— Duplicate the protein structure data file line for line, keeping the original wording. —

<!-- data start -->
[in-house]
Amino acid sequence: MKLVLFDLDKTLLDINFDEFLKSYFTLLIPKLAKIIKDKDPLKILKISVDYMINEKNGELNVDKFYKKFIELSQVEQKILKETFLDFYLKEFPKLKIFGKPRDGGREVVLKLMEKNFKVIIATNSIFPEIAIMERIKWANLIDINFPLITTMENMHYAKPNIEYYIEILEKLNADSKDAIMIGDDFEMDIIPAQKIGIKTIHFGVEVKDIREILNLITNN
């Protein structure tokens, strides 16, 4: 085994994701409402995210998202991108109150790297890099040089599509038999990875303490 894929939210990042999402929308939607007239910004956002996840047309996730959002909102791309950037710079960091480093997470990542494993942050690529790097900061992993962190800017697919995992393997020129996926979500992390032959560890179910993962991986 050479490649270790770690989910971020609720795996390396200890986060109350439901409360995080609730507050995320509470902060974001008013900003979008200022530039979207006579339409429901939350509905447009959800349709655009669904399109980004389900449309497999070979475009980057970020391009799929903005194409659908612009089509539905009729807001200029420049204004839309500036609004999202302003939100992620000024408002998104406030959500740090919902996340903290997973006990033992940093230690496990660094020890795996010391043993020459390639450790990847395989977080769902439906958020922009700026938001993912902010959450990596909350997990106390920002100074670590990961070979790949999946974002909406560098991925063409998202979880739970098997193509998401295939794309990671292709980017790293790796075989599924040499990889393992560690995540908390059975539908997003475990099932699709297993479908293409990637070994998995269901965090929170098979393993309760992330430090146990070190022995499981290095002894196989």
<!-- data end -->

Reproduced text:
[in-house]
Amino acid sequence: MKLVLFDLDKTLLDINFDEFLKSYFTLLIPKLAKIIKDKDPLKILKISVDYMINEKNGELNVDKFYKKFIELSQVEQKILKETFLDFYLKEFPKLKIFGKPRDGGREVVLKLMEKNFKVIIATNSIFPEIAIMERIKWANLIDINFPLITTMENMHYAKPNIEYYIEILEKLNADSKDAIMIGDDFEMDIIPAQKIGIKTIHFGVEVKDIREILNLITNN
């Protein structure tokens, strides 16, 4: 085994994701409402995210998202991108109150790297890099040089599509038999990875303490 894929939210990042999402929308939607007239910004956002996840047309996730959002909102791309950037710079960091480093997470990542494993942050690529790097900061992993962190800017697919995992393997020129996926979500992390032959560890179910993962991986 050479490649270790770690989910971020609720795996390396200890986060109350439901409360995080609730507050995320509470902060974001008013900003979008200022530039979207006579339409429901939350509905447009959800349709655009669904399109980004389900449309497999070979475009980057970020391009799929903005194409659908612009089509539905009729807001200029420049204004839309500036609004999202302003939100992620000024408002998104406030959500740090919902996340903290997973006990033992940093230690496990660094020890795996010391043993020459390639450790990847395989977080769902439906958020922009700026938001993912902010959450990596909350997990106390920002100074670590990961070979790949999946974002909406560098991925063409998202979880739970098997193509998401295939794309990671292709980017790293790796075989599924040499990889393992560690995540908390059975539908997003475990099932699709297993479908293409990637070994998995269901965090929170098979393993309760992330430090146990070190022995499981290095002894196989």